The reality is, loyalty is a combination of multiple things. 

Loyalty is not brought. its earned brand look developing a personal and affection dynamic with their customer.

Of course there is a rational aspect to it – we try to gravitate toward brands that we believe are giving us a good value for money. Transactional loyalty is very much centred around economics – convenience, price, and everything else that might influence the rational part of our decision making.

However, our emotional biases and perspective will also contribute to how a brand makes us feel. Is there a certain appeal of ‘exclusivity’ that this brand gives us? How do we feel when we talk about our purchase choices to our friends and family? Research has shown that customers will stay loyal to their brand even when alternative options are presented, partially because they are ‘emotionally loyal’ to them.

This type of loyalty does last longer, because our emotions are less likely to change as fast as the prices of other competing brands. We choose to devote our money, time and  purchase preferences to brands that make us feel special, and looked after. If the transaction isn’t ‘layered’ with other qualities like efficient service, the ability to personalise someone’s shopping experience, and customer care, there will inevitably be customer attrition.

So where do loyalty programmes fit into this? There are multiple loyalty programmes out there. If anyone has read ‘Why Loyalty Matters’, you’ll see that rational loyalty is a consequence of most brands being unable to generate an effective connection with customers. And just a loyalty reward programme will be unable to change that. We can put together the most elaborate, rewarding programme out there. But how far can that go in making a customer feel unique and appreciated?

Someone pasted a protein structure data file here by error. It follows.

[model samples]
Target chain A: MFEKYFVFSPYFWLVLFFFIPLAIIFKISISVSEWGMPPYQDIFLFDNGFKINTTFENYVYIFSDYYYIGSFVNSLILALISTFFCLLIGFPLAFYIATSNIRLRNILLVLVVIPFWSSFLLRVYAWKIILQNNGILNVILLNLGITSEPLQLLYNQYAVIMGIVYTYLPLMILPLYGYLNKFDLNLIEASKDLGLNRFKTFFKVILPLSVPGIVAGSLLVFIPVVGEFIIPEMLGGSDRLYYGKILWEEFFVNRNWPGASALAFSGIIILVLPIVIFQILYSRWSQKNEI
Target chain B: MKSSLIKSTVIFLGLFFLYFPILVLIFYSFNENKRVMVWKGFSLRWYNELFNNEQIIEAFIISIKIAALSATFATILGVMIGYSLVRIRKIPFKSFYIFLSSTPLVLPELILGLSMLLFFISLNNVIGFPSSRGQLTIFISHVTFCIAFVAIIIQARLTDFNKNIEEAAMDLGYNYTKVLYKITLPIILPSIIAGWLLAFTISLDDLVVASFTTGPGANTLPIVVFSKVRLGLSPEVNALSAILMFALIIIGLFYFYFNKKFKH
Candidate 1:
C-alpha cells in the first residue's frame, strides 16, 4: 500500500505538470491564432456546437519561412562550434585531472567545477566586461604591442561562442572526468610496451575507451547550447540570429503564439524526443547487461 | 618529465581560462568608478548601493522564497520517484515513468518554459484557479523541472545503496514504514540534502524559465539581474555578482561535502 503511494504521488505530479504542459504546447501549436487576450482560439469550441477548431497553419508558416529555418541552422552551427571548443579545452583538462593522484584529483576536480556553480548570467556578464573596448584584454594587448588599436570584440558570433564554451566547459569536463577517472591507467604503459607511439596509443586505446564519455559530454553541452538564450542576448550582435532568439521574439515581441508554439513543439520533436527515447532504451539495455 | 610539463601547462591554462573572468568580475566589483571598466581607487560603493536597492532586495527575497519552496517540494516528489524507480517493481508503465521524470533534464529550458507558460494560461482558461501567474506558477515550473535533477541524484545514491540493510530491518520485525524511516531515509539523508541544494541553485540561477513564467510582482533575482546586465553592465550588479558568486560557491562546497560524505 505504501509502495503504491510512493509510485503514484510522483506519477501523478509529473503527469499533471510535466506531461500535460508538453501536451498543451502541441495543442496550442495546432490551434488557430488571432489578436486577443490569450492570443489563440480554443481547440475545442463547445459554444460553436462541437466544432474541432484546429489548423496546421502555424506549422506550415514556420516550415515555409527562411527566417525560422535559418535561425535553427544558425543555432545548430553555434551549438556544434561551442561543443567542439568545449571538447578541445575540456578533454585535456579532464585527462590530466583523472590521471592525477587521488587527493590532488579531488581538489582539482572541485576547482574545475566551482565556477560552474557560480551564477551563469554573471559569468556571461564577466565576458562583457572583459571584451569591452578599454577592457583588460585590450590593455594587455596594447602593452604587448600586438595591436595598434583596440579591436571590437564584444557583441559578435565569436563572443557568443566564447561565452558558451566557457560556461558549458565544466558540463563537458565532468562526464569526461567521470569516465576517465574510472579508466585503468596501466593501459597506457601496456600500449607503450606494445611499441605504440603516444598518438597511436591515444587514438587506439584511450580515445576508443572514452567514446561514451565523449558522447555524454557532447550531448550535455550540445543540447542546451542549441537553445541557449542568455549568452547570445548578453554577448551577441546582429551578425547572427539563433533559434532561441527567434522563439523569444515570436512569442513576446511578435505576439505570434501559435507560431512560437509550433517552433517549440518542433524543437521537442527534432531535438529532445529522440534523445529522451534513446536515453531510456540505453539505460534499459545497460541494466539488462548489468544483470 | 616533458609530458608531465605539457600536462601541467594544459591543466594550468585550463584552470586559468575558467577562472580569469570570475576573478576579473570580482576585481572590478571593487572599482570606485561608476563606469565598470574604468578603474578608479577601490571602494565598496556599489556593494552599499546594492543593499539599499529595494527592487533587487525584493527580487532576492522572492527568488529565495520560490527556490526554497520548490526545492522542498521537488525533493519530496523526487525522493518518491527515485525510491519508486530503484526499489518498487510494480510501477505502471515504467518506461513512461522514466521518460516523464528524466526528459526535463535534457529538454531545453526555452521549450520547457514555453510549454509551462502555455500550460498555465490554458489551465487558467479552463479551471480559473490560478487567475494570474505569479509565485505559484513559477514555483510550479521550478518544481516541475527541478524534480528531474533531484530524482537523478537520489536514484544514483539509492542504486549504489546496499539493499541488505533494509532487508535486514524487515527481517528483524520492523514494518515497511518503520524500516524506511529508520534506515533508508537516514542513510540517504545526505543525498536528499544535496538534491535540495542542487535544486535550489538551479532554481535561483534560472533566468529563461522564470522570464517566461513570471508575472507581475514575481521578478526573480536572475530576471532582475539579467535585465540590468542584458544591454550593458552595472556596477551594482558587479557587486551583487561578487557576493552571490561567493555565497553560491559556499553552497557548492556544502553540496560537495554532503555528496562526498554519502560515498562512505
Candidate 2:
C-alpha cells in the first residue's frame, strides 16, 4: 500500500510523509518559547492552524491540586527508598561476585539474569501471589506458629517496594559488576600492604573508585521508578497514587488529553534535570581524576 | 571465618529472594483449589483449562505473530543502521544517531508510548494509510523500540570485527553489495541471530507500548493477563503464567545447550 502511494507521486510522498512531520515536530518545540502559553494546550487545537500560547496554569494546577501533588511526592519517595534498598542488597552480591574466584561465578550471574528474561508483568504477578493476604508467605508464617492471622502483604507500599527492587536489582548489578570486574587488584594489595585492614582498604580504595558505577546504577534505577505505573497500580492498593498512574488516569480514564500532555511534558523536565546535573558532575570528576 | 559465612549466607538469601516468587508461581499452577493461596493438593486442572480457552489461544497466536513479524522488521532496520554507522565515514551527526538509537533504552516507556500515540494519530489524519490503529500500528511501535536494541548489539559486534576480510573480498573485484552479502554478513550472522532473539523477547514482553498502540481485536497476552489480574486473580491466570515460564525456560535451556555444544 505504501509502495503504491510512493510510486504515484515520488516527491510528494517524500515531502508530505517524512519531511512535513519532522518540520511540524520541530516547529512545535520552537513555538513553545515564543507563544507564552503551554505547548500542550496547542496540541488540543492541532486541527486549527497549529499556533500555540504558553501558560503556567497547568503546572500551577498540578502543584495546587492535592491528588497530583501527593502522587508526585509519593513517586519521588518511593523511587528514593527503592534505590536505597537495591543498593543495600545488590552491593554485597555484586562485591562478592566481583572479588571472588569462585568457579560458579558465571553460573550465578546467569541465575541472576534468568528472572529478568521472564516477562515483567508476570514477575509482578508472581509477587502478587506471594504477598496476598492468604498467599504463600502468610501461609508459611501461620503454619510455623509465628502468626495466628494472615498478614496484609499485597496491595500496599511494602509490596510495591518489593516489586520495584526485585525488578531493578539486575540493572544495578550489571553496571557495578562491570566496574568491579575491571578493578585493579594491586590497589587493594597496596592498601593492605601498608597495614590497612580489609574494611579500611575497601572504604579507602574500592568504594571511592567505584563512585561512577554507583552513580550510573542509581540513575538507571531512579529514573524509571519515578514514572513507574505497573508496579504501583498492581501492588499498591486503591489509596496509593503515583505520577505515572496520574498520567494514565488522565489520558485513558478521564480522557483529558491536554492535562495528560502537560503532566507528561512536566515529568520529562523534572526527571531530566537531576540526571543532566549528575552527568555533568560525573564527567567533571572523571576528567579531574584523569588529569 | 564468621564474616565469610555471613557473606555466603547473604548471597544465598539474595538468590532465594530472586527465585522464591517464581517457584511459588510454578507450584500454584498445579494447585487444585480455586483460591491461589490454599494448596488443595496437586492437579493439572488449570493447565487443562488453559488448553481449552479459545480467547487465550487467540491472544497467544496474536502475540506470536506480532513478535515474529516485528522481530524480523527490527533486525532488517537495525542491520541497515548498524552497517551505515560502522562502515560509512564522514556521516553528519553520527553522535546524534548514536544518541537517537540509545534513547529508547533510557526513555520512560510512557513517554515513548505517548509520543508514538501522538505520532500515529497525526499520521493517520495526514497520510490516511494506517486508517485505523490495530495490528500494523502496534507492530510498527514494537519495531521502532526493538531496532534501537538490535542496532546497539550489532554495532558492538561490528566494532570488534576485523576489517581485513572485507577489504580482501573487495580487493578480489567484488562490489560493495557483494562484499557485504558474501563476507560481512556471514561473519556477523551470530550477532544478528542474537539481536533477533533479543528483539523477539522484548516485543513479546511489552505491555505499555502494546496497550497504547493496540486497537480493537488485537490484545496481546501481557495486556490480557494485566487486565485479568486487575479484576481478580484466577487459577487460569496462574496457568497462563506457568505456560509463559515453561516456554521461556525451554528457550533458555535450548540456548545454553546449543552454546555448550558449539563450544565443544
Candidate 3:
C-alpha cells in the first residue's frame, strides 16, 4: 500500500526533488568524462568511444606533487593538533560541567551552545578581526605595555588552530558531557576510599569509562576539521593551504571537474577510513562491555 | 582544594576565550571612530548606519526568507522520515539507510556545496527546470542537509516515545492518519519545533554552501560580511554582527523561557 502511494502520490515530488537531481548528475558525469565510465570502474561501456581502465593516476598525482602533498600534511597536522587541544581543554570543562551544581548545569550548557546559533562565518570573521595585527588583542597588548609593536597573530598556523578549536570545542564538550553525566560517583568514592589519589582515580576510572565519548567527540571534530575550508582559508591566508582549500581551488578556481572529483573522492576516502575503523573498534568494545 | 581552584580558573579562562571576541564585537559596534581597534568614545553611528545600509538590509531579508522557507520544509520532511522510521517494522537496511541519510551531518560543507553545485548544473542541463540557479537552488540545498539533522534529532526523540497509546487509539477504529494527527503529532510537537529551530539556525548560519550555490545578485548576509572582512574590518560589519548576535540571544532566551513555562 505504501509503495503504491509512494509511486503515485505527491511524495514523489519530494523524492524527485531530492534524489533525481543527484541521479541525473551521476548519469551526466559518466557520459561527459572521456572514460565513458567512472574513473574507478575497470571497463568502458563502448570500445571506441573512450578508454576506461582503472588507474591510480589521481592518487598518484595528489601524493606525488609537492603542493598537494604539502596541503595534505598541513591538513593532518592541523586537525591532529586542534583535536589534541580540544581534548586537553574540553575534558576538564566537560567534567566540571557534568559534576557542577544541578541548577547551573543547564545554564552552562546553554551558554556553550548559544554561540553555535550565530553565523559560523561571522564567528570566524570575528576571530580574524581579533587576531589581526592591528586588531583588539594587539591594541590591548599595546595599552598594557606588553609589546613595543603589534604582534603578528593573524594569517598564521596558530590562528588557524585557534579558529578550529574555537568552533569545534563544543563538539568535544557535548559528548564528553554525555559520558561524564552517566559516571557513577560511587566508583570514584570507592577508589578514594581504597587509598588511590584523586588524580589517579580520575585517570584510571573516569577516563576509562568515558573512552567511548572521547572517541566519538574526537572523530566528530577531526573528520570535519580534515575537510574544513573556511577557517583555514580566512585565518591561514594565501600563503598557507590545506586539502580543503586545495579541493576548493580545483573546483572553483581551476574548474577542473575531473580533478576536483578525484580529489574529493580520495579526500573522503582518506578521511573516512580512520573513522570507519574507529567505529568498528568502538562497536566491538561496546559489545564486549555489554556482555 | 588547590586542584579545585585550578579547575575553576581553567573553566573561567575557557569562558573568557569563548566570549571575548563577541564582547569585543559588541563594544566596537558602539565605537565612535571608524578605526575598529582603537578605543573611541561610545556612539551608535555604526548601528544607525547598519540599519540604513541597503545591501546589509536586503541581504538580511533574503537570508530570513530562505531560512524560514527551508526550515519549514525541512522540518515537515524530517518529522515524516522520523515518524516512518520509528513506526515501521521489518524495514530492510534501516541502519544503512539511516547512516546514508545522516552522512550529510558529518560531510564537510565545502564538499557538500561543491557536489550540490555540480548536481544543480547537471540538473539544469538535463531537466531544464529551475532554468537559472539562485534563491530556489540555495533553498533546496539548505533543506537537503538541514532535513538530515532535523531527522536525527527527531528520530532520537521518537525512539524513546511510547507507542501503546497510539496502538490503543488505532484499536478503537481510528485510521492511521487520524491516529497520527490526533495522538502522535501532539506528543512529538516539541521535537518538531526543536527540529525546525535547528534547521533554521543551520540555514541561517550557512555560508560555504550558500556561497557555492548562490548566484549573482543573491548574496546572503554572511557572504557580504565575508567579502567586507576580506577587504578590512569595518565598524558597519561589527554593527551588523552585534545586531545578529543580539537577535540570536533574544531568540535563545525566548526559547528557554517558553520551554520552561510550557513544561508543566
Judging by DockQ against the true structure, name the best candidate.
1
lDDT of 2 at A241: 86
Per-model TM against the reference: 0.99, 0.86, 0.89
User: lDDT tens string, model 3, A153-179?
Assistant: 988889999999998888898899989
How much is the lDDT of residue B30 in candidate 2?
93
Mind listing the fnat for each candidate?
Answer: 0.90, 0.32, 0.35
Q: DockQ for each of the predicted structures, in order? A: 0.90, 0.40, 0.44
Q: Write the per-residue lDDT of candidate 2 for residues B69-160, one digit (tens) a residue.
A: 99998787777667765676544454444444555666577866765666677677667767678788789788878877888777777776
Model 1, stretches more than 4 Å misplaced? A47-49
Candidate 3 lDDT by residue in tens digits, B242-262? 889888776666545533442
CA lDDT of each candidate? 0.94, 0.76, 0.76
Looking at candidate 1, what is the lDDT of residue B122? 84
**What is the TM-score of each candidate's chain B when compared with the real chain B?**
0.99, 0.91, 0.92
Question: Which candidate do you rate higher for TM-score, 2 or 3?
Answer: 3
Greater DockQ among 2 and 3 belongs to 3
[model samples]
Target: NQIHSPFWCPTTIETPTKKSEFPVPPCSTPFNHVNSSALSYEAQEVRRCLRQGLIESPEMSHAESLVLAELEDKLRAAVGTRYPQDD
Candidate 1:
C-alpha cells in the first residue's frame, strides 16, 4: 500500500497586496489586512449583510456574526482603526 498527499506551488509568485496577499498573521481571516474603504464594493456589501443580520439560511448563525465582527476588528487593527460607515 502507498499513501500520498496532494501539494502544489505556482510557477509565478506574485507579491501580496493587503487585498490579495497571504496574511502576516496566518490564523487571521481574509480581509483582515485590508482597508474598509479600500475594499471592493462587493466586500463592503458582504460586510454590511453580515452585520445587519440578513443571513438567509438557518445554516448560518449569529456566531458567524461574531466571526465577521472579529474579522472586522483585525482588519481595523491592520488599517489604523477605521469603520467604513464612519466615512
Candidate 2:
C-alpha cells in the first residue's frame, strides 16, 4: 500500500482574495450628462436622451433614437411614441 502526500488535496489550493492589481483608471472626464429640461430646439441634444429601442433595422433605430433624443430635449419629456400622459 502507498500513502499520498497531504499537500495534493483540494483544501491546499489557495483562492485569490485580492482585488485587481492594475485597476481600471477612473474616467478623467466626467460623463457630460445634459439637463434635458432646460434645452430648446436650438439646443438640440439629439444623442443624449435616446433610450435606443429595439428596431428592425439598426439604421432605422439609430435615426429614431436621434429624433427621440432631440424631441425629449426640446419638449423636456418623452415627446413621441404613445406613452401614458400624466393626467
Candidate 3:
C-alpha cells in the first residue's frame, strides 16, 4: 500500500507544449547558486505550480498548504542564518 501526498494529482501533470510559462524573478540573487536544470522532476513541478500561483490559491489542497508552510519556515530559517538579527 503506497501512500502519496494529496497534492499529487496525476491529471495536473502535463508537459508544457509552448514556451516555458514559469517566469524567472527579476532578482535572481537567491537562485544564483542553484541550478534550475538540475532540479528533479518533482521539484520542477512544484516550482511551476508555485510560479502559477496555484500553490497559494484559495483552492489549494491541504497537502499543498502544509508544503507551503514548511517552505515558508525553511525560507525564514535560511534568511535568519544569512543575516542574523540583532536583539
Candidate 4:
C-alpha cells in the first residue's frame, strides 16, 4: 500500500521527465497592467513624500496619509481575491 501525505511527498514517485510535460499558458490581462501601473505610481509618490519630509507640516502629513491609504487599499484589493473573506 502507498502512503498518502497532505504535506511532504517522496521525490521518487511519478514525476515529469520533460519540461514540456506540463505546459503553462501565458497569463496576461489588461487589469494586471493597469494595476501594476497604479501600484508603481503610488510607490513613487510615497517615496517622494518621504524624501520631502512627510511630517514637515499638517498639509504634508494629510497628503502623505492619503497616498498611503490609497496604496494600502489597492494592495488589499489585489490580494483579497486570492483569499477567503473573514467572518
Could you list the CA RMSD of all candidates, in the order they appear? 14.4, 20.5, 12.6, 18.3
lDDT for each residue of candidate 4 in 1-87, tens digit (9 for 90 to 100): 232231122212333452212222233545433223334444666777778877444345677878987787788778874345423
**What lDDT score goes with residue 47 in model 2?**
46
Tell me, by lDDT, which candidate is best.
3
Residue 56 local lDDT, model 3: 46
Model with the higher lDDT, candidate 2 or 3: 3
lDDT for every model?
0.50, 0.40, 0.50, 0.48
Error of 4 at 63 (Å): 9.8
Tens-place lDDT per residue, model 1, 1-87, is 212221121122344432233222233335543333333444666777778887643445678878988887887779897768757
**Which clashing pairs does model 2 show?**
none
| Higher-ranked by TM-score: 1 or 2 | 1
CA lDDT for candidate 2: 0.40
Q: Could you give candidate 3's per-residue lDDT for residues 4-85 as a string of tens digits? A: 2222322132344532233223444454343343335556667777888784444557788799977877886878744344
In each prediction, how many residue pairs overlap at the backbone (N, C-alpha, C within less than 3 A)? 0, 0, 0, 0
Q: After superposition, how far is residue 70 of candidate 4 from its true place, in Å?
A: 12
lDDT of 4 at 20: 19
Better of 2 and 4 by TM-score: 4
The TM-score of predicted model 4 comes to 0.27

I have lived this learning myself. My Sensei, John, was a man who devoted his life to teaching martial arts. I met him in 2003, and consistently trained with him right up to 2011, when I earned my black belt stature. I continued to train with him regularly, but various injuries reduced the frequency of my training. Then, his sudden and unexpected demise put a complete halt to my training. I packed away my belt, Gi and Hakama, without ever even considering training with someone else as my Sensei.

You see, I believe that the relationship with one’s Sensei is sacred. This person pushes you to your limits; they recognise your physical, mental and emotional potential and help you achieve it. Nevertheless, this relationship was ultimately based on a financial transaction. After all, I did have to pay for these classes, and Sensei did have a family to support. Still, none of that takes away from the bond we shared; I was, and remain deeply committed to him and to Aikido, as both have played a huge role in my life and given me value far beyond the fee I paid every month. Does this transaction then detract from the emotion of loyalty attached to it? 

I think of loyalty in ‘Maaslow’ terms. At the base of the pyramid, we can find for example, an employee-employer relationship, which is transactional. This could be where his salary is being paid on time. Then, we proceed further up the hierarchy, looking at functional benefits – such as the covered parking spot in the building.

Then we come to emotional loyalty – perhaps some words of appreciation in front of the office.  

As we proceed higher up, we reach the social aspect of loyalty – community based appreciation, which could perhaps be an invitation to an award gala or time off work to support a charity. And finally, the most intimate form of loyalty – a personal bond. Whether you wish me on my birthday, or ask after my children, both parties feel like there is a pure connection.

Ultimately, loyalty is not bought. It’s earned. Brands need to look at developing a personal, affectionate dynamic with their customers. It should not be a question of ‘can I get a better price elsewhere?’, but more of ‘will I be looked after like this elsewhere?’. There has to be just the right balance of value and quality of service to ensure loyalty is maintained from both sides. However the paradox of loyalty is the transaction and I believe this exchange is not only a part of loyalty, it actually underpins it.